Below is another chart presenting basically the same data but this time we present as a percent of the reference blocks. Here we see the effect is even more pronounced. The size of the 1,000 block groups for recent blocks is nearly 50% of the height of the DDOS attacks. This does not bode well for the future of syncing the chain in my opinion.
The Number of Empty Blocks is Decreasing
Another easy to obtain measure for the increased usage of the system is to count the number of empty blocks (that is blocks that contain zero transactions). While there are many reasons why a block may have zero transactions, one reason is simply that the number of transactions available to be processed is below the chain’s ability to keep up with. During the early part of the chain’s history, when there was significantly less activity, there were more empty blocks (significantly more, it turns out).
As one can see, recently the chain has experienced a sharp decrease in the number of empty blocks. This, we think, is indicative of the increased load on the system. On average, over the entire history of the chain, nearly 35% of all blocks contained no transactions. This number has recently dropped to near 10% of blocks.
There are many other charts we could produce. My guess is that all of them would indicate a huge increase in the growth of the storage requirements being placed on systems from the Ethereum network.
One of the charts I would to see is the rate of creation of new smart contracts. It is my guess that we would two sources of growth in this area: (1) regular growth from new users adding individual smart contracts, and (2) an increased use of the factory model of smart contract creation. In the factory model, smart contracts dynamically create other smart contracts. I’d like to further see how many of these new smart contracts are actively used. I suspect there are a huge number of smart contracts being created that are used once or twice and then never again.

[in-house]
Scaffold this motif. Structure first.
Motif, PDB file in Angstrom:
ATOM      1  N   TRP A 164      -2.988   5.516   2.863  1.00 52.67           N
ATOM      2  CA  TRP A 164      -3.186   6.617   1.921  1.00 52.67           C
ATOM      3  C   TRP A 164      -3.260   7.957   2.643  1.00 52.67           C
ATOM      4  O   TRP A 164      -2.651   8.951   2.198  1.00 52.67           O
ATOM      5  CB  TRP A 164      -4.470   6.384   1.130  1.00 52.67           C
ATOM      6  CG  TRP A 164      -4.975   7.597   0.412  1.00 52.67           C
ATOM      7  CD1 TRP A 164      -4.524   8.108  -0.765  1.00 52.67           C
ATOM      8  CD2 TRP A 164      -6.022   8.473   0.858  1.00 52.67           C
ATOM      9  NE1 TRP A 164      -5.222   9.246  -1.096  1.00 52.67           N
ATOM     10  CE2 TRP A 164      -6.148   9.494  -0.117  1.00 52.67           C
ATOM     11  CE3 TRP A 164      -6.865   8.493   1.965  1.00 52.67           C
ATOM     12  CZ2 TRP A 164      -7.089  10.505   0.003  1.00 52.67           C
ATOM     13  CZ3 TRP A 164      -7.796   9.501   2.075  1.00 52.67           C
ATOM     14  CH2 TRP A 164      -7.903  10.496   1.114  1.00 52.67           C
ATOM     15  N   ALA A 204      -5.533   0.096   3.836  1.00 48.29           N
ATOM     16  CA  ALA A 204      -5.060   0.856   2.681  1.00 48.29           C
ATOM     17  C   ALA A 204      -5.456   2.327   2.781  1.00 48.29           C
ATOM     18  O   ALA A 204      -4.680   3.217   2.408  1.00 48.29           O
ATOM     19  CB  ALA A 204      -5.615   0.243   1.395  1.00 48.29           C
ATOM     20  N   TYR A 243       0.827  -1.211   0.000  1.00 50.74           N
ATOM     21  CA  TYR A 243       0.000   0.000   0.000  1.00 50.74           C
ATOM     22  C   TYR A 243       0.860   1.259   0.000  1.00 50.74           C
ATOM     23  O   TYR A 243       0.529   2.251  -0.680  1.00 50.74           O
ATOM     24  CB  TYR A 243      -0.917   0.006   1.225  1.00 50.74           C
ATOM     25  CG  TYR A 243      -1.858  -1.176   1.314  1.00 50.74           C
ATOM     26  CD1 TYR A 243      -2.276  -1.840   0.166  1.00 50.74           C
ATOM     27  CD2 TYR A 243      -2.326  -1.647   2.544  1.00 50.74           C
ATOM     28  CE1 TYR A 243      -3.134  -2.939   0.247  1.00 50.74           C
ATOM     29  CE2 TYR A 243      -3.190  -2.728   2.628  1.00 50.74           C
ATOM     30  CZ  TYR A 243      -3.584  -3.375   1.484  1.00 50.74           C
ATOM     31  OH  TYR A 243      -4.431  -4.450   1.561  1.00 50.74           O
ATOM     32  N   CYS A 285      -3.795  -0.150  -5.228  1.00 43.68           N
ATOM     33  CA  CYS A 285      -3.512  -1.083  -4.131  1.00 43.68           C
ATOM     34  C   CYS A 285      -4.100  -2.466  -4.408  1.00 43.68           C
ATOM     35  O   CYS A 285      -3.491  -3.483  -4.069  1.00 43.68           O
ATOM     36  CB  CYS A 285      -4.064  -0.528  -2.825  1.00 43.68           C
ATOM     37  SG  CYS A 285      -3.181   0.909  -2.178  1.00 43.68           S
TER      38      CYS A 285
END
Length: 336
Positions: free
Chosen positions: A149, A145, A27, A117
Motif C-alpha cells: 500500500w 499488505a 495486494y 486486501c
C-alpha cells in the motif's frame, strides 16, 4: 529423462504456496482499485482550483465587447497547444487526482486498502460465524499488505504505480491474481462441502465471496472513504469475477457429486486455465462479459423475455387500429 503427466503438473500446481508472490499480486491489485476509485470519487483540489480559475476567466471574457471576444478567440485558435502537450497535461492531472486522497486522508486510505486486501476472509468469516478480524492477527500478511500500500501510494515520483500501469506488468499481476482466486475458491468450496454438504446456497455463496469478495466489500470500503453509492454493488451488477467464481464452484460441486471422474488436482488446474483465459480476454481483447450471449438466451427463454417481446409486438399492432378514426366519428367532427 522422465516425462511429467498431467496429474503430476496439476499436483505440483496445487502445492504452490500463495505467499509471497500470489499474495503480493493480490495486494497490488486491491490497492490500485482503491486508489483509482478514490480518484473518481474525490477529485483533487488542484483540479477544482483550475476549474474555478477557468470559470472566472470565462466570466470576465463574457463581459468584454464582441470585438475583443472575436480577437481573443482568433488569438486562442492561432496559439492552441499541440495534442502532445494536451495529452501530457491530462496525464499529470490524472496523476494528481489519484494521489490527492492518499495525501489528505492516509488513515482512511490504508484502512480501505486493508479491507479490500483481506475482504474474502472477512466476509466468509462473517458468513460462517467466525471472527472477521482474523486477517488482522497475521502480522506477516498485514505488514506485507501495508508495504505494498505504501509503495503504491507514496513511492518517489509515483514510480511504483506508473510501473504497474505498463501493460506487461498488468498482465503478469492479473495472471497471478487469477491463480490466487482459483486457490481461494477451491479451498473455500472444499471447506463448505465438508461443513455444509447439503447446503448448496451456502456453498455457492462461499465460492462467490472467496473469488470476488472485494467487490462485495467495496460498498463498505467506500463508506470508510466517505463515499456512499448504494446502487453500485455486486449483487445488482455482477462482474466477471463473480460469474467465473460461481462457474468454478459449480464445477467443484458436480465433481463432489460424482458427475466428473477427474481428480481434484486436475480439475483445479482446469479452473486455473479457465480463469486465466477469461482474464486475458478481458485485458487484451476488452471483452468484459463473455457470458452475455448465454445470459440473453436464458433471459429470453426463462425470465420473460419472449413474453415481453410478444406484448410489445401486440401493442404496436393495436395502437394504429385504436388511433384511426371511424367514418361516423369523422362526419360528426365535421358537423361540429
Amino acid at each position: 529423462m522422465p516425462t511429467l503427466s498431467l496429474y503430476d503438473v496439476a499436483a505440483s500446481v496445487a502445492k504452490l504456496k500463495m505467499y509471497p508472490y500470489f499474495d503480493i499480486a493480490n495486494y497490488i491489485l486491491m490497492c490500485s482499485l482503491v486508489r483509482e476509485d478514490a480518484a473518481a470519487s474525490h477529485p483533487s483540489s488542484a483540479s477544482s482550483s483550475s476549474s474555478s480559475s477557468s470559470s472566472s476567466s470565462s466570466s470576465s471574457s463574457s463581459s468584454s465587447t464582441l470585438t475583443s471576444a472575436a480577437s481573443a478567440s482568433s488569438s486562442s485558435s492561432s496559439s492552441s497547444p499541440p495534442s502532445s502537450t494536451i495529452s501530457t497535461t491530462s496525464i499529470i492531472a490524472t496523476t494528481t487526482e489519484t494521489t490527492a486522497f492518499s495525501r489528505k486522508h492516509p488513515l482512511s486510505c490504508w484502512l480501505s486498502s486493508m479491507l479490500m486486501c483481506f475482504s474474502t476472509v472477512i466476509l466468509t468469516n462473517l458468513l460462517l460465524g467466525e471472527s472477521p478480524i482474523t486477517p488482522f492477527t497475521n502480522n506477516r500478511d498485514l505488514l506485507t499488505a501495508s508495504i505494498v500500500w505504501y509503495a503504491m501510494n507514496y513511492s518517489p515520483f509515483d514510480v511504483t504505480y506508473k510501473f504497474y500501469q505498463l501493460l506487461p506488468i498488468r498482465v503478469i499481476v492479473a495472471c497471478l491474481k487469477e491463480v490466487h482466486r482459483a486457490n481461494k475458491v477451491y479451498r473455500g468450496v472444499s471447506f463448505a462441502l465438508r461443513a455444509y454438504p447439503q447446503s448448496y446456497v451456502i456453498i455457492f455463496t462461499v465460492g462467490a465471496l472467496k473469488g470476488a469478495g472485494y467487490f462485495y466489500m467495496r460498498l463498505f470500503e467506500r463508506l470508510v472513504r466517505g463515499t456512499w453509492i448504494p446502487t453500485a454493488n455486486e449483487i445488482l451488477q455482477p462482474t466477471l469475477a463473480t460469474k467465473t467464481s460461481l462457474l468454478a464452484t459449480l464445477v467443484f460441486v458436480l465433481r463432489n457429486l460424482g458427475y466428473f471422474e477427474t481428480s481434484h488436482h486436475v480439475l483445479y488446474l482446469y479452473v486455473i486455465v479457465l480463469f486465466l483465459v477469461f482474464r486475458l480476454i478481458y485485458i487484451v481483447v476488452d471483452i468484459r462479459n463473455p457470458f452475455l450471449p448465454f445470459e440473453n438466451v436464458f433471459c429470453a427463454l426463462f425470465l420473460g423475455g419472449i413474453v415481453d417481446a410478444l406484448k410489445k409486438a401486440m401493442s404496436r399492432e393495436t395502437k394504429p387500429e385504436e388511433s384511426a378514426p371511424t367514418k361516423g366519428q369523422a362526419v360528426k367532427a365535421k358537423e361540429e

I fear that this second method of smart contract creation will ultimately turn out to be a serious problem in the future. The large scale creation of single-use or low-use smart contracts is like pollution. It simply cannot be the case that a growing number of smart contracts can increasingly be automatically creating an growing number of child smart contracts without a very bad outcome.
With QuickBlocks we are attempting to build a system that allows us to see these overall trends. We need to know what’s happening on the entire system, and we need to pay attention to it because only by watching and studying what’s going on will we be able to anticipate future behavior of the system.
I think we all better start paying more attention. And some of us should stop polluting the blockchain with poor decisions.
I’d love to hear your thoughts. Please make a comment below. If you enjoy my musings, support my work by sending ether to our tip jar at 0xB97073B754660BB356DfE12f78aE366D77DBc80f.
Thomas Jay Rush owns the software company QuickBlocks whose primary project is also called QuickBlocks, a collection of software libraries and applications enabling real-time, per-block smart contract monitoring and analytics to the Ethereum blockchain. Contact him through the website.